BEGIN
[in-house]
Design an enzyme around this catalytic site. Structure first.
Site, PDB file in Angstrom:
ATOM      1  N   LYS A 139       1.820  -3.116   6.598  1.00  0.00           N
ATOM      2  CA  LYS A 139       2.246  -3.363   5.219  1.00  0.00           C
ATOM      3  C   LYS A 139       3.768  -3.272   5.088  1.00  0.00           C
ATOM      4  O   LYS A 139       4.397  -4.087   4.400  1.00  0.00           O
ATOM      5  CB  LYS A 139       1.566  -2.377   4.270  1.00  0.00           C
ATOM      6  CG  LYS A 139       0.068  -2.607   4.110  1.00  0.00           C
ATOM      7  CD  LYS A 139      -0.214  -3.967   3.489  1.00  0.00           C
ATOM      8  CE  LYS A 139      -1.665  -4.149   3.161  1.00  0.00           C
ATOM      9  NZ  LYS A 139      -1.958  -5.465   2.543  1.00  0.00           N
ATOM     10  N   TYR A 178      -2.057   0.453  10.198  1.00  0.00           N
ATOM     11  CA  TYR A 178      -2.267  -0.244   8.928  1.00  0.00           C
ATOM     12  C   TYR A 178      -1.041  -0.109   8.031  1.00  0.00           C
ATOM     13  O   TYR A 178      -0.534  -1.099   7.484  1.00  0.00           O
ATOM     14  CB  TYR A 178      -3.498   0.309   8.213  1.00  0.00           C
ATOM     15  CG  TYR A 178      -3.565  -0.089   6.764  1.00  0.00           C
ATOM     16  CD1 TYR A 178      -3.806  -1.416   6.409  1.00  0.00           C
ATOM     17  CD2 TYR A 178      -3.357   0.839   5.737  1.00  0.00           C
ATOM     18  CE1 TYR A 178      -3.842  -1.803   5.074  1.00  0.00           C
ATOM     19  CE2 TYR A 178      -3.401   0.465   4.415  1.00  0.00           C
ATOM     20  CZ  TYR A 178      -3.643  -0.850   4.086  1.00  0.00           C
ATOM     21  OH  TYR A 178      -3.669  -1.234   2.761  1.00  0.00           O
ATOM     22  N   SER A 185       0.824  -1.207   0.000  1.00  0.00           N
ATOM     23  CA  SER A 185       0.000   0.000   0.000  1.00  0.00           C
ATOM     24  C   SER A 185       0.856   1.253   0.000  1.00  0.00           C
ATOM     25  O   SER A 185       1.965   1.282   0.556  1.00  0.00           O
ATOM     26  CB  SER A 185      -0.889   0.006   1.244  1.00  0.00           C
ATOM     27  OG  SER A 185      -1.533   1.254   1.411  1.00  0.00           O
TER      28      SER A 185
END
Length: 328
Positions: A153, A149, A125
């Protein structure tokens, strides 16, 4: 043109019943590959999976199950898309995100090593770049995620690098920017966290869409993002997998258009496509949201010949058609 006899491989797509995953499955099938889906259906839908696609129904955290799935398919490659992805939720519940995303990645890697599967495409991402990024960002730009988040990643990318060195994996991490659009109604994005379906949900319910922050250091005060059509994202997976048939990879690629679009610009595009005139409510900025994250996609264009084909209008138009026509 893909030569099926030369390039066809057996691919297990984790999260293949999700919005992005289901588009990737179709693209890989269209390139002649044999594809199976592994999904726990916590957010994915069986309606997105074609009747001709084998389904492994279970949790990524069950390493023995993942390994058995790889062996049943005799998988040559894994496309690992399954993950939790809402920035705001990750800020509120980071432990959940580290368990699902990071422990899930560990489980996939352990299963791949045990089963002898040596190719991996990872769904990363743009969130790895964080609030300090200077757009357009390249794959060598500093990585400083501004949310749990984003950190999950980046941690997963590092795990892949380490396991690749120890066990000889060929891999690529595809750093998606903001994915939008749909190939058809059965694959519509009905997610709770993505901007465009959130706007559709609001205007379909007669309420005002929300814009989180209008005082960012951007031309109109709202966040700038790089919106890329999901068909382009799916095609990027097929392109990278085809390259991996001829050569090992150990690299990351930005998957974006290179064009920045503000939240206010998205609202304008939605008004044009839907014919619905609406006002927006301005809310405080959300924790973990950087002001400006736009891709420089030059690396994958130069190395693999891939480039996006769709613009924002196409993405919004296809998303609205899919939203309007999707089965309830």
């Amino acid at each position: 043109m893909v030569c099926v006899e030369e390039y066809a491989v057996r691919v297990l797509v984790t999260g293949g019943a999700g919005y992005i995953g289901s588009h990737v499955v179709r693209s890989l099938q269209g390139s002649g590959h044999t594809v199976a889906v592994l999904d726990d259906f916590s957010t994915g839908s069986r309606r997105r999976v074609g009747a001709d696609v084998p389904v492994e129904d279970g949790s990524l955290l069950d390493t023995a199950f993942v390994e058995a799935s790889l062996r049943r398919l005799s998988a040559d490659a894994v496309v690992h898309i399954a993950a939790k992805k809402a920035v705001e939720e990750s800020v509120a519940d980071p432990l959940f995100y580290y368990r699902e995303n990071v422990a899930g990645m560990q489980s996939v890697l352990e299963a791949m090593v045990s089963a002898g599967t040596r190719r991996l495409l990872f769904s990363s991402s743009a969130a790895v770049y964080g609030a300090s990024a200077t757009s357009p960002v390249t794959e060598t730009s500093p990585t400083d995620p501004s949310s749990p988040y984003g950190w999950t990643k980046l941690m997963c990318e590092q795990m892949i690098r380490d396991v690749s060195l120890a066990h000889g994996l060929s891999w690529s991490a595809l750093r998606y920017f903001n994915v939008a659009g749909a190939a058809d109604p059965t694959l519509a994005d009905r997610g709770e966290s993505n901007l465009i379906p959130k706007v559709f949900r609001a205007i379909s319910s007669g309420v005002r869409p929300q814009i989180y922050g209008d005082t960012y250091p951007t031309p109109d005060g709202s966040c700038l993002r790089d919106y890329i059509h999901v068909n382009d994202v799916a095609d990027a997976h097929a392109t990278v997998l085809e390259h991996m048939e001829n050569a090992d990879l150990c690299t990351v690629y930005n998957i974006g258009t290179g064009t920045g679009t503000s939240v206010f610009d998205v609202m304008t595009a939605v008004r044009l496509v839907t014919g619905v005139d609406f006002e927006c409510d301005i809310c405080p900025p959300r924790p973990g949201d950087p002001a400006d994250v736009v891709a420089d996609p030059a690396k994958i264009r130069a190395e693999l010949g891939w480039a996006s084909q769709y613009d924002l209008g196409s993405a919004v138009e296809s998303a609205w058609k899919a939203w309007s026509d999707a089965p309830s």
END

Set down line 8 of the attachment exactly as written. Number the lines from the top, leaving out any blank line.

ATOM      5  CB  LYS A 139       1.566  -2.377   4.270  1.00  0.00           C